Electric car maker Tesla was negligent for disabling a speed limiter but the 18-year-old driver of a 2018 Model S bore most of the blame for his death in a high-speed crash in May 2018, a jury found Monday.
The verdict capped a two-week trial over a lawsuit by the driver’s father, James Riley, blaming Tesla for the death of his son Barrett Riley. The crash and resulting battery fire on Seabreeze Boulevard in Fort Lauderdale also killed Edgar Monserratt Martinez, a fellow senior at private Pine Crest High School.
Both teens died at the scene of the crash. A back seat passenger was ejected from the vehicle and survived.
The trial was held at the federal courthouse in Fort Lauderdale. Magistrate Judge Alicia O. Valle presided.
Although Tesla was found negligent for disabling a speed limiter in the vehicle without consent from Barrett Riley’s father, the jury found the company was just 1% responsible for the young man’s death.
Barrett Riley was 90% responsible and James Riley was 9% responsible, the jury found.
At the same time, the jury found that Barrett Riley’s mother Jenny Riley sustained $6 million in damages for pain and suffering while James Riley sustained $4.5 million in damages.
But the jury’s apportionment of responsibility means that Tesla will only be liable to pay $105,000, said Curt Miner, attorney with Coral Gables-based Colson Hicks Eidson, representing James Riley.
Originally, James Riley’s lawsuit accused Tesla of removing the speed limiter without his permission and of designing defective lithium ion batteries that “burst into an uncontrollable and fatal fire” upon impact. The suit argued that the crash was “entirely survivable” and that the fire killed Barrett Riley.
The court dismissed the defective battery claim, however, leaving Tesla to defend only the charge that its Dania Beach service center was negligent in disabling a speed limiter that the elder Riley had ordered installed to prevent his son from operating the car at speeds over 85 mph.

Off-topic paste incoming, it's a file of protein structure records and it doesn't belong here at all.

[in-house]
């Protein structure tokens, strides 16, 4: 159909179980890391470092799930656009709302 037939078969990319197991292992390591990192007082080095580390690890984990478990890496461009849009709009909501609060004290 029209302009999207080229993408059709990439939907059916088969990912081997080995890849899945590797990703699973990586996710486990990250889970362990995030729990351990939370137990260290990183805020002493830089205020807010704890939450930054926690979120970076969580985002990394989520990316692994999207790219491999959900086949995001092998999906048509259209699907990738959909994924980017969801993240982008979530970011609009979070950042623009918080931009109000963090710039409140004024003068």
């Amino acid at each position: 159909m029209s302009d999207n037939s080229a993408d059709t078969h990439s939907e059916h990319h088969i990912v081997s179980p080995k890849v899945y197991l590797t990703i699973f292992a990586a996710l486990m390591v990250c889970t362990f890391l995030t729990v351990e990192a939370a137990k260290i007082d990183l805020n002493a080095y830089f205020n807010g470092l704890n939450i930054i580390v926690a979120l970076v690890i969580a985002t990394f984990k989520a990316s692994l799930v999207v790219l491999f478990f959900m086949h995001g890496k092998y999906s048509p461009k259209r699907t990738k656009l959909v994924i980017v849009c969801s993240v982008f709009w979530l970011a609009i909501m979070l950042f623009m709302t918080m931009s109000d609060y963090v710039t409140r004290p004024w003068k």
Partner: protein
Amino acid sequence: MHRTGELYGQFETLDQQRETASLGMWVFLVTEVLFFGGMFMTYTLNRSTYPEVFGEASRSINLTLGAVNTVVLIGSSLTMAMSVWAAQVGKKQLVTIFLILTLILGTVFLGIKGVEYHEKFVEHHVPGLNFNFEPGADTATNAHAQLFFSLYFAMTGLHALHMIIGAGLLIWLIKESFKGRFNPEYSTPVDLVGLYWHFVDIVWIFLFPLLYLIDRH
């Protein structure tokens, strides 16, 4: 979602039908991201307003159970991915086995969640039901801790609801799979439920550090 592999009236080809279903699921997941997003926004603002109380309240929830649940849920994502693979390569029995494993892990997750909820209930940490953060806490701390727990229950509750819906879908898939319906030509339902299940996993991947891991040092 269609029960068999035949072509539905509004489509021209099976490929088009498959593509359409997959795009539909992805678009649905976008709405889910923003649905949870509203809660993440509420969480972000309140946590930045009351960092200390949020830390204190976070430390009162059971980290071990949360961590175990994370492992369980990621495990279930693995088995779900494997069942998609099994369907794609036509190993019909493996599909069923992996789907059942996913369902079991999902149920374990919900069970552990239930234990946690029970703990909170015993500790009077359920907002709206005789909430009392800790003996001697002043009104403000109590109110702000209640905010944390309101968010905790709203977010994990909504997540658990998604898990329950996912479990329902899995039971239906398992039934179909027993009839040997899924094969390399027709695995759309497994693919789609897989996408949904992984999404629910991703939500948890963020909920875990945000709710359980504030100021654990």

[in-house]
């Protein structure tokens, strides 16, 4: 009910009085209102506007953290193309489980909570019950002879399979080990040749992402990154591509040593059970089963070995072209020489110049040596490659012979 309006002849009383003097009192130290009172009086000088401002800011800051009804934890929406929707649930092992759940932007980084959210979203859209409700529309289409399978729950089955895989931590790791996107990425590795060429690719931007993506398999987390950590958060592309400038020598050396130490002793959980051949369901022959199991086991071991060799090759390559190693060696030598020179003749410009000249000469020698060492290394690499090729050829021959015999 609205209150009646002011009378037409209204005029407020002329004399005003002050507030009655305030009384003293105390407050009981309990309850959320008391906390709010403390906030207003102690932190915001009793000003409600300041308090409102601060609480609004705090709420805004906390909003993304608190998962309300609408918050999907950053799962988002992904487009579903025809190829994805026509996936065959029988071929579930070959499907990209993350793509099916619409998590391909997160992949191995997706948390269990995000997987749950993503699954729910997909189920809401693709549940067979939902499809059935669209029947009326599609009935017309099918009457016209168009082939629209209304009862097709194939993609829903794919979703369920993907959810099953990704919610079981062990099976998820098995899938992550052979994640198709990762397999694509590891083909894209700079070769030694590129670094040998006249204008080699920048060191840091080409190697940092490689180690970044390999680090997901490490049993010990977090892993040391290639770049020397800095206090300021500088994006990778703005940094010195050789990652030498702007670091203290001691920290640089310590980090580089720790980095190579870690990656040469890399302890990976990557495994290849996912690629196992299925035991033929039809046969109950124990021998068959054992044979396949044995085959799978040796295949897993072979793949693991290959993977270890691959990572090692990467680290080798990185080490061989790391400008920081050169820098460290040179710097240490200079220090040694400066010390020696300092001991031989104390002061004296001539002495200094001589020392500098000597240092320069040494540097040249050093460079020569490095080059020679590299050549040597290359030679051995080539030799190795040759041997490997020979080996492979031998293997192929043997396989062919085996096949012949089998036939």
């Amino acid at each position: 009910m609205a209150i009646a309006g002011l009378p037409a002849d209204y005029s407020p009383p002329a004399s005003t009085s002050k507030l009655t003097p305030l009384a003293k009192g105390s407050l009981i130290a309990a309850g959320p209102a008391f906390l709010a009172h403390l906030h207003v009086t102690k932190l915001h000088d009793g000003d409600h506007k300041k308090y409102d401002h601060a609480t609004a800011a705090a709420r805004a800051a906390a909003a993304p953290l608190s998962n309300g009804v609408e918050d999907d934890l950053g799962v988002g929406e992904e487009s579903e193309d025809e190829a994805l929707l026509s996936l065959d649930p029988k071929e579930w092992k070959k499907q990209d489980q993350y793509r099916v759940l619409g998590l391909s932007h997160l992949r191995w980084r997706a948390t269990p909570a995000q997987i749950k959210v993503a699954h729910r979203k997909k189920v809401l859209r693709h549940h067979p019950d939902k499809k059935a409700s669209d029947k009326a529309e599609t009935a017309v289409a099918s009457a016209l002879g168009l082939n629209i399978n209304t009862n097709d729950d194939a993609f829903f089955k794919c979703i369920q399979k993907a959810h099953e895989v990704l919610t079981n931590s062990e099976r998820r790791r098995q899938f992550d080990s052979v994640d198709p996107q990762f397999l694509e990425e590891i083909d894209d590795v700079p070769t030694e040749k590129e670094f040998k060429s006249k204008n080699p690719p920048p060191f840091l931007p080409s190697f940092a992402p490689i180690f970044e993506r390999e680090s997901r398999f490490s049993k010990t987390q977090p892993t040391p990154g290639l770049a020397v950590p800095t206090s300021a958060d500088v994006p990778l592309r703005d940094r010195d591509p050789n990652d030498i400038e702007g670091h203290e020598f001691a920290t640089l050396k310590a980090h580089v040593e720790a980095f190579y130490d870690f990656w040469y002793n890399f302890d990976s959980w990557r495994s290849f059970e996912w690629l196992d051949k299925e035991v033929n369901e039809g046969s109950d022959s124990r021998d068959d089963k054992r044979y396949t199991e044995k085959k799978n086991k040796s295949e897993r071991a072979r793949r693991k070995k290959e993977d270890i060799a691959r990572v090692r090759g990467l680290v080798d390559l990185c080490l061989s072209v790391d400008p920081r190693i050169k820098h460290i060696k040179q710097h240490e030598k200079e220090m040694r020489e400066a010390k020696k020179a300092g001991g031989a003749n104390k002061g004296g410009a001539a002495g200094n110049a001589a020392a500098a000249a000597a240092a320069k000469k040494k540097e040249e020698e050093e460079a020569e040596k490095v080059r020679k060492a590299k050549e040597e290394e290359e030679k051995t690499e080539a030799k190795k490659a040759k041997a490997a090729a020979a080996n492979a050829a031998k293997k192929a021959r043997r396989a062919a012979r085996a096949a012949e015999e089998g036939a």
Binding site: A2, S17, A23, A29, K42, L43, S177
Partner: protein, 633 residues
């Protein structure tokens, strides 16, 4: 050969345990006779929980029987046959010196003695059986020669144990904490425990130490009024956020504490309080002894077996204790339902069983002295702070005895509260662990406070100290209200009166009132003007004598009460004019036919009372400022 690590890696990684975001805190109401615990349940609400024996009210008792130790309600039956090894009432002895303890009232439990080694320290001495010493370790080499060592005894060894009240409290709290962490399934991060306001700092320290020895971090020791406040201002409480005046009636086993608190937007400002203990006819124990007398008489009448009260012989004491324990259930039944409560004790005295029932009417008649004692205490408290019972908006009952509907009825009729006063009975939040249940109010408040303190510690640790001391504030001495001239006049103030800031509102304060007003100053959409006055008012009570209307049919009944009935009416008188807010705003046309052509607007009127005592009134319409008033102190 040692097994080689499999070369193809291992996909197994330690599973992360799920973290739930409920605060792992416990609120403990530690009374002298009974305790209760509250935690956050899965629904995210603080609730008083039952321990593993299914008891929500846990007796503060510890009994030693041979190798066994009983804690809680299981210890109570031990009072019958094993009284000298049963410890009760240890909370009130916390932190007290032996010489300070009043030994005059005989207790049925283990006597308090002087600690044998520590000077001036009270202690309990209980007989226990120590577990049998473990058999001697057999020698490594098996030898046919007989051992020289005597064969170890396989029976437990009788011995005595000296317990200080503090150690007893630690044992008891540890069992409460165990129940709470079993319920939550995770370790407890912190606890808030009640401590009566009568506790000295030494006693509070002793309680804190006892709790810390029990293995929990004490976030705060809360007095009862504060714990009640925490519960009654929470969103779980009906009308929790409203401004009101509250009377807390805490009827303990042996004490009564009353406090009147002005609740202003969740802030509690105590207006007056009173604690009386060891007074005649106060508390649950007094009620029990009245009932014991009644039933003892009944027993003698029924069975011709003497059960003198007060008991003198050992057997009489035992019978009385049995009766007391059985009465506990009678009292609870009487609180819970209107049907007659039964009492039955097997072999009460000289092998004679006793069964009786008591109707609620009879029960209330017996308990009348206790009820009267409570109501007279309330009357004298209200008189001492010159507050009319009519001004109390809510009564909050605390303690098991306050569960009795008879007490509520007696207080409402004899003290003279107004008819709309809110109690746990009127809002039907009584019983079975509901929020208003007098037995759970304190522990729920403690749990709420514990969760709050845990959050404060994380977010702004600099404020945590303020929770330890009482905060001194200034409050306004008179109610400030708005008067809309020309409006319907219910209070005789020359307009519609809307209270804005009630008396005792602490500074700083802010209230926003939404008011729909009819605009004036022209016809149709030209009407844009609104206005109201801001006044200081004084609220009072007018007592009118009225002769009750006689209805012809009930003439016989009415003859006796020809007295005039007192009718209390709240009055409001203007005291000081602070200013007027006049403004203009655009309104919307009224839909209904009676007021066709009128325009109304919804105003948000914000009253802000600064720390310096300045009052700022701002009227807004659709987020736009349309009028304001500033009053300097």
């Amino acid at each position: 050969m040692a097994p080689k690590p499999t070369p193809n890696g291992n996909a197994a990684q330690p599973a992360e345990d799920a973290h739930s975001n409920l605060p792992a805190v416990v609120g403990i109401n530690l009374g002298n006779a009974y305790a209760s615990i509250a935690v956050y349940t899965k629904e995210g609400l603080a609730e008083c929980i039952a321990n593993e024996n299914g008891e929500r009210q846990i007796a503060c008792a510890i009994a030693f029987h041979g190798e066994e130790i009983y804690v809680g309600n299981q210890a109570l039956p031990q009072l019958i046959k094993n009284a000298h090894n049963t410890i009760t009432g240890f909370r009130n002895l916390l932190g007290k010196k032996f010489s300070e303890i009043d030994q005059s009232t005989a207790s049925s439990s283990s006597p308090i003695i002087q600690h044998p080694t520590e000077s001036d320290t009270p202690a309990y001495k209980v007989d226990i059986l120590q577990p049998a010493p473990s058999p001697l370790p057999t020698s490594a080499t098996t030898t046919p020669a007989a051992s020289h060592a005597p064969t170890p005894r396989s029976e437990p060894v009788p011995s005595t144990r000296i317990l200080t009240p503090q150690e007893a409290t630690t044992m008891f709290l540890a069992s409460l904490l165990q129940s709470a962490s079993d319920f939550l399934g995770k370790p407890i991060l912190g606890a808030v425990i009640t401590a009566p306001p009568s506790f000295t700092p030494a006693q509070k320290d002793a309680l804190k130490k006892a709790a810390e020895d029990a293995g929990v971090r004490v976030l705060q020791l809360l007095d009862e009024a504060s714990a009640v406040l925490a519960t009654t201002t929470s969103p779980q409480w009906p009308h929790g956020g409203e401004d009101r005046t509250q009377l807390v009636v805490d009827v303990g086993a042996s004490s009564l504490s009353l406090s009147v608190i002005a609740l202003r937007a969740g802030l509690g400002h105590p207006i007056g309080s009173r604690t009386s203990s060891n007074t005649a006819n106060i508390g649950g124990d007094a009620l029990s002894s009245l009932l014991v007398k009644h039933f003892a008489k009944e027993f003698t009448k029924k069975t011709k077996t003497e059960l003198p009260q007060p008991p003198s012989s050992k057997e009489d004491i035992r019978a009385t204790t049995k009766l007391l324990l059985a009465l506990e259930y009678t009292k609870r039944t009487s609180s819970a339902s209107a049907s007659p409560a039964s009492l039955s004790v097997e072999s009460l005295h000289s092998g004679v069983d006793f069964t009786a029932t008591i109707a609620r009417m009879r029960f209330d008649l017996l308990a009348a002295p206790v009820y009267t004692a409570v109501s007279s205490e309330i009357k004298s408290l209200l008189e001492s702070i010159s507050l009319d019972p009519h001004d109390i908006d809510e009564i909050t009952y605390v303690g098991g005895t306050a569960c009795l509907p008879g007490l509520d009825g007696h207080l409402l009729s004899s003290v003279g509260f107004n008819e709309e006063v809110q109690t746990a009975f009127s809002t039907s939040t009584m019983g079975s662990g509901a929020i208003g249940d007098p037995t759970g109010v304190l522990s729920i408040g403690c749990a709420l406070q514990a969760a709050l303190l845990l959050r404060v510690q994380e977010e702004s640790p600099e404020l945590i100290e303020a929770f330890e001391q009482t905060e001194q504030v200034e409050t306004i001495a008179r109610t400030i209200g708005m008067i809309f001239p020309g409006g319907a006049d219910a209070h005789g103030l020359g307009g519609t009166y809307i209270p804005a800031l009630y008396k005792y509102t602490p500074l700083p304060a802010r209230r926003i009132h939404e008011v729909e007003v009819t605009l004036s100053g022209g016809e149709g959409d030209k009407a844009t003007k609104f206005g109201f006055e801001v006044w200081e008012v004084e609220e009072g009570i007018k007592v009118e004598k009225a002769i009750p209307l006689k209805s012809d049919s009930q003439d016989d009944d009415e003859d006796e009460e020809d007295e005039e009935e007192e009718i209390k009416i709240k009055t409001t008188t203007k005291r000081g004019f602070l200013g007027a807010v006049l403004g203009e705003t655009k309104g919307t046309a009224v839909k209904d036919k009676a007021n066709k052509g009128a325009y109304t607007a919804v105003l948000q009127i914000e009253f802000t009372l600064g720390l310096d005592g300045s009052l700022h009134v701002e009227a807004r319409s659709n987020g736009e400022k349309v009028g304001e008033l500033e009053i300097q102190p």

During the trial, Tesla denied it was negligent in disabling the speed limiter or that the absence of a speed limiter was a cause in the crash or deaths.
Barrett Riley himself was negligent in the operation and use of the vehicle, Tesla argued. The company also argued that the parents were negligent in allowing their 18-year-old son drive the vehicle “when they were aware of his history of speeding and reckless driving,” according to the judge’s instructions to the jury.
In December 2019, a National Transportation Safety Board report determined that the most likely cause of the crash “was the driver’s loss of control as a result of excessive speed.”
The investigation report noted that about a month before the crash, Barrett Riley asked workers at Tesla’s Dania Beach dealership to return the car to normal operating mode while it was being serviced.
The NTSB found that Barrett Riley was driving at 116 mph on Seabreeze Boulevard, a road near the beach with a posted speed limit of 30 mph.
As he approached a curve, Riley swerved into the oncoming lane to pass a vehicle, then lost control as he tried to return to the right lane while attempting to negotiate the curve, the report said. As the Tesla exited the curve, it struck a curb, crossed the sidewalk and struck a wall on the north side of a residential driveway.
After striking a second wall, witnesses reported seeing flames coming from the car. It reentered the road, struck the other curb, hit a metal light pole and rotated before stopping in a residential driveway, engulfed in flames.
The NTSB report found the fire contributed to the severity of the teens’ injuries.
Battery fires have come under scrutiny in numerous crashes involving Teslas. The Model S battery pack, consisting of hundreds of individual cylindrical cells arranged in 16 modules that are mounted to the vehicle’s underside, can ignite when ruptured, then evade suppression efforts as they undergo a process called “thermal runaway.”
After the crash, the batteries ignited three more times as workers loaded the vehicle onto tow trucks to move it to a storage yard.
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The case was the first against Tesla involving an accident with one of its vehicles to go to trial, Miner said.
“We are pleased that … the jury found Tesla to have been negligent in removing the speed limiter without letting Mr. or Mrs. Riley know,” Miner said by email. “Because of Jim Riley’s initiative in urging Tesla to make the speed limiter function available to customers to enable on their own, we hope the legacy of this case has been to prevent other accidents and save lives.”
A month after the fatal crash, Tesla introduced a speed limiter feature that owners could turn on and off themselves. A description of the function included the statement, “In memory of Barrett Riley.”
Miner said the Rileys are considering filing an appeal. The only way to increase the damages that Tesla would have to pay in the matter would be to convince an appellate court to reinstate the faulty battery claim.
Another suit stemming from the crash, on behalf of Martinez, is pending in Broward County circuit court.
Tesla’s attorneys did not immediately respond to a request for comment about the verdict.
Ron Hurtibise covers business and consumer issues for the South Florida Sun Sentinel. He can be reached by phone at 954-356-4071, on Twitter @ronhurtibise or by email at firstname.lastname@example.org.